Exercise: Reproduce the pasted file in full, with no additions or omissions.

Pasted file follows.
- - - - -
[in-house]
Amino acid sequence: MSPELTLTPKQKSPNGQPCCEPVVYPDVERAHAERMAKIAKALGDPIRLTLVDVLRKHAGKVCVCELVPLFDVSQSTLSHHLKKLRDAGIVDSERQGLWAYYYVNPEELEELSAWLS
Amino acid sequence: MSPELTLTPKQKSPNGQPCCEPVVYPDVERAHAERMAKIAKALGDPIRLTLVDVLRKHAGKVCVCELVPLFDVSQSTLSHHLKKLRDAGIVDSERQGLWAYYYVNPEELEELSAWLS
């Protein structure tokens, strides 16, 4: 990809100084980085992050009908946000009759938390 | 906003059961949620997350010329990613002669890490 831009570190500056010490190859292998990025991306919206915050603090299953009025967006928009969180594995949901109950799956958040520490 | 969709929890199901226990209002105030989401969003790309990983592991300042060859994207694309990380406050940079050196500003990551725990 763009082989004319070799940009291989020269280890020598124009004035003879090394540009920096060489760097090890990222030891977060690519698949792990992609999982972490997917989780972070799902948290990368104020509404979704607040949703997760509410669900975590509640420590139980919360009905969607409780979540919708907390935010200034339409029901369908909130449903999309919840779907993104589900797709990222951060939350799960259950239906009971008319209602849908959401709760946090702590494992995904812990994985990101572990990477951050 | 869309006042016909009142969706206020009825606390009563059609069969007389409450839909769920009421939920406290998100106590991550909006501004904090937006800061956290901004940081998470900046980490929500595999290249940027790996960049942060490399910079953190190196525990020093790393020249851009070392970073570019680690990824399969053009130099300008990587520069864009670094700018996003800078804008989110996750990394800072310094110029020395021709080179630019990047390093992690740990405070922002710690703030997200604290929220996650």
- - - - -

[in-house]
Amino acid sequence: MSPELTLTPKQKSPNGQPCCEPVVYPDVERAHAERMAKIAKALGDPIRLTLVDVLRKHAGKVCVCELVPLFDVSQSTLSHHLKKLRDAGIVDSERQGLWAYYYVNPEELEELSAWLS
Amino acid sequence: MSPELTLTPKQKSPNGQPCCEPVVYPDVERAHAERMAKIAKALGDPIRLTLVDVLRKHAGKVCVCELVPLFDVSQSTLSHHLKKLRDAGIVDSERQGLWAYYYVNPEELEELSAWLS
């Protein structure tokens, strides 16, 4: 990809100084980085992050009908946000009759938390 | 906003059961949620997350010329990613002669890490 831009570190500056010490190859292998990025991306919206915050603090299953009025967006928009969180594995949901109950799956958040520490 | 969709929890199901226990209002105030989401969003790309990983592991300042060859994207694309990380406050940079050196500003990551725990 763009082989004319070799940009291989020269280890020598124009004035003879090394540009920096060489760097090890990222030891977060690519698949792990992609999982972490997917989780972070799902948290990368104020509404979704607040949703997760509410669900975590509640420590139980919360009905969607409780979540919708907390935010200034339409029901369908909130449903999309919840779907993104589900797709990222951060939350799960259950239906009971008319209602849908959401709760946090702590494992995904812990994985990101572990990477951050 | 869309006042016909009142969706206020009825606390009563059609069969007389409450839909769920009421939920406290998100106590991550909006501004904090937006800061956290901004940081998470900046980490929500595999290249940027790996960049942060490399910079953190190196525990020093790393020249851009070392970073570019680690990824399969053009130099300008990587520069864009670094700018996003800078804008989110996750990394800072310094110029020395021709080179630019990047390093992690740990405070922002710690703030997200604290929220996650």